Crowdfunding, or sourcing small amounts of capital from a large number of individuals rather than a large amount of capital from a single investor, has become one of the biggest buzzwords in business. New crowdfunding platforms are being created at an astonishing rate, and Kickstarter, arguably the most prominent platform, has raised over $1 billion for projects since its inception in 2009.
Crowdfunding allows organisations and small projects to raise money in amounts that were previously only possible through venture capitalists or difficult bank loans. Instead of owning equity or earning interest from investing in a crowdfunded project, backers are typically repaid through 'gifts' defined by the organisation and determined by the level of investment, encompassing anything from a recognition of thanks to special events with founders to finished products.
It's not surprising then that nonprofits have taken advantage of this new form of distributed investment to either supplement or entirely replace existing funding models. Two dominant crowd-donation models have come to the fore.
The first gives a crowdfunding spin to conventional fundraisers, with organisations utilising existing platforms to promote mass project-based micro-donations. This means donors can direct their funds to specific projects they are passionate about, whilst the amount remaining to fully fund a project is also made transparent, resulting in higher donation rates targeted at projects that need it to go ahead soonest. This can mean that funds are more often distributed efficiently and the organisation isn't left with a scatter of half-funded projects. Since these external crowd-donations supplement rather than replace core funding, organisations are also somewhat protected from the nonprofit starvation cycle resulting from misunderstood admin costs.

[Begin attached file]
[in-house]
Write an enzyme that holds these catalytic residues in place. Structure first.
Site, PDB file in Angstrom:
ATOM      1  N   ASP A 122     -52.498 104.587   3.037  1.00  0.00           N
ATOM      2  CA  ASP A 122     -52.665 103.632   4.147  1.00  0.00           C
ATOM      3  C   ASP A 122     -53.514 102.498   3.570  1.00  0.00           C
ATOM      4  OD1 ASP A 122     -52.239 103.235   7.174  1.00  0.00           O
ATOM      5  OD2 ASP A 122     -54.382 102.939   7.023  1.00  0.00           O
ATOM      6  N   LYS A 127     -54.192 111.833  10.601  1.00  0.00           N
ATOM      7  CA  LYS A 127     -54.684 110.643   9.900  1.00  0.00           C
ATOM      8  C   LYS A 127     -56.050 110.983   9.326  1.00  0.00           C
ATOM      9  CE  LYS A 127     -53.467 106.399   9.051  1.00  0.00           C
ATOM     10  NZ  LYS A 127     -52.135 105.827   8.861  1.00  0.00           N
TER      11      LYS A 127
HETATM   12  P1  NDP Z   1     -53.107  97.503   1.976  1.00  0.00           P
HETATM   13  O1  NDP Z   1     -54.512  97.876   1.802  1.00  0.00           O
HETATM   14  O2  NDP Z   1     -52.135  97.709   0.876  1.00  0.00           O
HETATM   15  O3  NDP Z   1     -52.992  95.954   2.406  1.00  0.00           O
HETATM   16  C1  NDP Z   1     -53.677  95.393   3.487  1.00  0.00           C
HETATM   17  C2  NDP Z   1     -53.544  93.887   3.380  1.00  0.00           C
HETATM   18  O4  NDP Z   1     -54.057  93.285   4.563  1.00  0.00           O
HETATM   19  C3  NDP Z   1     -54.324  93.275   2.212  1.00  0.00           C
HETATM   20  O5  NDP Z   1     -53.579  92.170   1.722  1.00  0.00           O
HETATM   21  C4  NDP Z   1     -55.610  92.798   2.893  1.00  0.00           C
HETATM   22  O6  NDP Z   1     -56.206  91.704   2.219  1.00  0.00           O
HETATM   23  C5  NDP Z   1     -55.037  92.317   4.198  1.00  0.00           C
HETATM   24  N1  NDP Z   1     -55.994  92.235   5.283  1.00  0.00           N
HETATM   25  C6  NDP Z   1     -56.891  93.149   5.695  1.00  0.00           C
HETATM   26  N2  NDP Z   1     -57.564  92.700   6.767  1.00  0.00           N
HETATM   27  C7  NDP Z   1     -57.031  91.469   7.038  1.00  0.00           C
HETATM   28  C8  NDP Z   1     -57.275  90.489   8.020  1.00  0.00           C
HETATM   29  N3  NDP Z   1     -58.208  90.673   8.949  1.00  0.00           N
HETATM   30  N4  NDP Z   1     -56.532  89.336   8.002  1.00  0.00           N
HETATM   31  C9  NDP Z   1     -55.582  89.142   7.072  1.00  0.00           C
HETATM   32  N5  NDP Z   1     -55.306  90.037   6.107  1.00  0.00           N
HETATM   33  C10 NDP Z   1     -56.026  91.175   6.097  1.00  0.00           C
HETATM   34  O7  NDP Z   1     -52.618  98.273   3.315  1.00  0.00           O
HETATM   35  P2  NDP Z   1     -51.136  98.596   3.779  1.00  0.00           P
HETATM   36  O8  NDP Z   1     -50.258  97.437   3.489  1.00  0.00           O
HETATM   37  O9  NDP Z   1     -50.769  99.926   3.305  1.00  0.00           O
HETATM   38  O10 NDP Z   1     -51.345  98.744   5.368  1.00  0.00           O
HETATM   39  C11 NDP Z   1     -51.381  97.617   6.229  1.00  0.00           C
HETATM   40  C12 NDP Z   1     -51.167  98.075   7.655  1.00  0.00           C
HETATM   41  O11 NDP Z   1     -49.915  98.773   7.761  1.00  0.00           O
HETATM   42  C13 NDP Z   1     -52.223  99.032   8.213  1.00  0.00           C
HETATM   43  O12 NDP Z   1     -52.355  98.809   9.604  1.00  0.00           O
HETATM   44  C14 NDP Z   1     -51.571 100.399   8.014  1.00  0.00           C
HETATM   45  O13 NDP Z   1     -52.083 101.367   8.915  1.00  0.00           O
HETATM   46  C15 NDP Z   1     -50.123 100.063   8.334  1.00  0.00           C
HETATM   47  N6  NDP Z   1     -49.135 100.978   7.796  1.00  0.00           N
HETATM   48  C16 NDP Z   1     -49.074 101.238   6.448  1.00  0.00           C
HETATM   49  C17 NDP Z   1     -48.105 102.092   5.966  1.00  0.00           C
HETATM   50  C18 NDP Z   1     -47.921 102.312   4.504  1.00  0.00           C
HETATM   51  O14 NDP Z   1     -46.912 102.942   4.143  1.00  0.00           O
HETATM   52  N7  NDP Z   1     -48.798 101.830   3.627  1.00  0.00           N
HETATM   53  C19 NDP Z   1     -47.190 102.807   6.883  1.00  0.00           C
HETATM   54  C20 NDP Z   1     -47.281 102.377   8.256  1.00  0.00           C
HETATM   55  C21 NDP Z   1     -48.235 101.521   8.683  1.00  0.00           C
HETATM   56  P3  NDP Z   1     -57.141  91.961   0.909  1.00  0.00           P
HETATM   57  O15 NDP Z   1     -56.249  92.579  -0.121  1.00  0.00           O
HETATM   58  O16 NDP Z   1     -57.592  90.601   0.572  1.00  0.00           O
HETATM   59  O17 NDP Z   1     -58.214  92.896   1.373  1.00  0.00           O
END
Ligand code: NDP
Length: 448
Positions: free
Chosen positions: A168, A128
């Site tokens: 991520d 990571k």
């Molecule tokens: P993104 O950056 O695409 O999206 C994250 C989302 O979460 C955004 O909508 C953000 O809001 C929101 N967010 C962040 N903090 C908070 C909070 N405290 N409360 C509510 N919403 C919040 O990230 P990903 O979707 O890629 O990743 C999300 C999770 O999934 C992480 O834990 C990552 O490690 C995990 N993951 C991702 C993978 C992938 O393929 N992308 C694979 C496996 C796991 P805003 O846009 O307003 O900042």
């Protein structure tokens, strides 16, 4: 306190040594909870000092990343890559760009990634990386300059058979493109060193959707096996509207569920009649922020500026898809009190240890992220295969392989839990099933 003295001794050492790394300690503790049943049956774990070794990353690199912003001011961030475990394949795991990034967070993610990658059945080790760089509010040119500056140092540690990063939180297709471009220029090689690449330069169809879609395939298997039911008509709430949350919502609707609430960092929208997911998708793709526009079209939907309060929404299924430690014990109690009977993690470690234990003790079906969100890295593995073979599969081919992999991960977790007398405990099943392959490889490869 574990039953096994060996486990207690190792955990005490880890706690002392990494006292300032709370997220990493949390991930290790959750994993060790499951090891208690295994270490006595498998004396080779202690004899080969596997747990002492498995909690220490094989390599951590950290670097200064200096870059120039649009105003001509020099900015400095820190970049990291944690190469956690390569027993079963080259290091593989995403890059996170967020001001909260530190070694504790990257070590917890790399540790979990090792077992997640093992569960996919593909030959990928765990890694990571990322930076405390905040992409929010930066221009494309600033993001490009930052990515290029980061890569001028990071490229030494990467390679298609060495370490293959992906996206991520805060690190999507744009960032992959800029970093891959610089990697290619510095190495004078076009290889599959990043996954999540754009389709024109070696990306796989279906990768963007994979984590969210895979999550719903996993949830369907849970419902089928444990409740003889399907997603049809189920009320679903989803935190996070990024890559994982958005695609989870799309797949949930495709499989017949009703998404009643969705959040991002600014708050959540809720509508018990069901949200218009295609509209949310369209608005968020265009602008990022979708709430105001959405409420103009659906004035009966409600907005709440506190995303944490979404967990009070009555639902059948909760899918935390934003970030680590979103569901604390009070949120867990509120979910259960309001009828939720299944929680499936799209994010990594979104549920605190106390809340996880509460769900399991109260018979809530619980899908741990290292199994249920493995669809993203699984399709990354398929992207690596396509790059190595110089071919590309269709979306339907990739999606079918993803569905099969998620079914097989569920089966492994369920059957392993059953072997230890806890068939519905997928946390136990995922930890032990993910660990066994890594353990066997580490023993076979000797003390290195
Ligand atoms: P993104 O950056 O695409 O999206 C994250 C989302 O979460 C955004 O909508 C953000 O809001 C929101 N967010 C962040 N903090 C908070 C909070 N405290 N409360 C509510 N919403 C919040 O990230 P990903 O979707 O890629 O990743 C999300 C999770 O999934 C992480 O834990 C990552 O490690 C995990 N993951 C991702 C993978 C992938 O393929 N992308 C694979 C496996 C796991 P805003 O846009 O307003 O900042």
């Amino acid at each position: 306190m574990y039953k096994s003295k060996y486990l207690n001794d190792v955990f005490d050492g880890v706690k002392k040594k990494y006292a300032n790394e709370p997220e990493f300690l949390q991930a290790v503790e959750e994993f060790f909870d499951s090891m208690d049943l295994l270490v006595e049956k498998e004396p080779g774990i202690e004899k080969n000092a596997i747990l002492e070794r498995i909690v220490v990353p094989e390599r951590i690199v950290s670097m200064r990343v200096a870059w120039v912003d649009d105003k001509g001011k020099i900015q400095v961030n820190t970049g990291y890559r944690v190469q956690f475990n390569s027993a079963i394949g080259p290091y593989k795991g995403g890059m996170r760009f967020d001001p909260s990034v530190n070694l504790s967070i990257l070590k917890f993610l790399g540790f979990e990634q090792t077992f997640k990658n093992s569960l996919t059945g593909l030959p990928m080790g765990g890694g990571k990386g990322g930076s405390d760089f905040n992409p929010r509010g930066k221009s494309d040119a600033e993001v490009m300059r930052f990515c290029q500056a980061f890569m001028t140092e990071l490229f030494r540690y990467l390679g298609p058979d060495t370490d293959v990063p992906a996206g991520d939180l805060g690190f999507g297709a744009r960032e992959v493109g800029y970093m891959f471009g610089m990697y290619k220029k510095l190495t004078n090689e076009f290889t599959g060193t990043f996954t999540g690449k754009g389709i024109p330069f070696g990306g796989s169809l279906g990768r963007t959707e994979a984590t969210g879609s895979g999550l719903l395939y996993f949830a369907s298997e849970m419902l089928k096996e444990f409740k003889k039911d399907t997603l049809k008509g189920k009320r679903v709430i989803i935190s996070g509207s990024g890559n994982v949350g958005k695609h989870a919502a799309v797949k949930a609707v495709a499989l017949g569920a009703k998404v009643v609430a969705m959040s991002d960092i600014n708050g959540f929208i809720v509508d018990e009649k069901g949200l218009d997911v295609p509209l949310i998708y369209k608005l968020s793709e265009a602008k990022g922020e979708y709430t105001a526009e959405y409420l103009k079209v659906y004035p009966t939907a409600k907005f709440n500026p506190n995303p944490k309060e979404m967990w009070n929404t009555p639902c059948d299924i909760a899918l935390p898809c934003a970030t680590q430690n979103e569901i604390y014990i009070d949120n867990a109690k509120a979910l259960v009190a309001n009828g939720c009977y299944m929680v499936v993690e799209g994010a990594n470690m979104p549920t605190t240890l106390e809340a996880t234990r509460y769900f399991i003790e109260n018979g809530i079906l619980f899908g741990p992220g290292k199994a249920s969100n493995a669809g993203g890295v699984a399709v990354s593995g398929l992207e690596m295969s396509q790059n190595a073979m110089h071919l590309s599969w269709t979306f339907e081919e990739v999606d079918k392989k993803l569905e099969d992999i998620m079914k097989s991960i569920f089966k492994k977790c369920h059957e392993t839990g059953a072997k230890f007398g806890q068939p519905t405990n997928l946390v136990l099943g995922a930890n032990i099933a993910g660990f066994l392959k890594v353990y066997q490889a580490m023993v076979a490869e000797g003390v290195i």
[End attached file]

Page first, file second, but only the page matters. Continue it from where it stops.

There are dangers though. Donors may be attracted to fund 'exciting' well-marketed projects over 'boring' but essential ones, and external crowd-donations may force organisations to chase donor preferences, dividing funds arbitrarily rather than strategically. In reality, crowd-donations are more an evolution of traditional project-based fundraiser models than a departure from them, and many of the same critiques apply.
However, some innovative new organisations like Kiva and Watsi have gone a step further, placing crowdfunding at the centre of their business models and treating individuals themselves as 'projects' to be funded. Whether it's micro-entrepreneurs on Kiva or medical patients on Watsi, this approach provides a visceral demonstration of the lives that giving can change, without the grossly inflated overheads this normally requires (in child sponsorship schemes, for example). It also places even more control in the hands of donors, for better or worse. Donors now decide, on the most fine-grained level, the most effective ways to spend project funds – effectively democratising the short-term strategic operations of the organisation.
Provided that organisations are transparent and enough information to make informed decisions about projects is available, the reasoned choices of many are arguably more effective than the high-level decisions of the few. However, one could also argue that this moves control from those on the ground, who best understand where funds need to go, to the masses, far removed from the projects in question and more likely to 'vote' arbitrarily.
What do you think? Is crowdfunding paving the way forward for nonprofit organisations, or signalling a dangerous turn to inefficiency and loss of control? Let us know in the comments.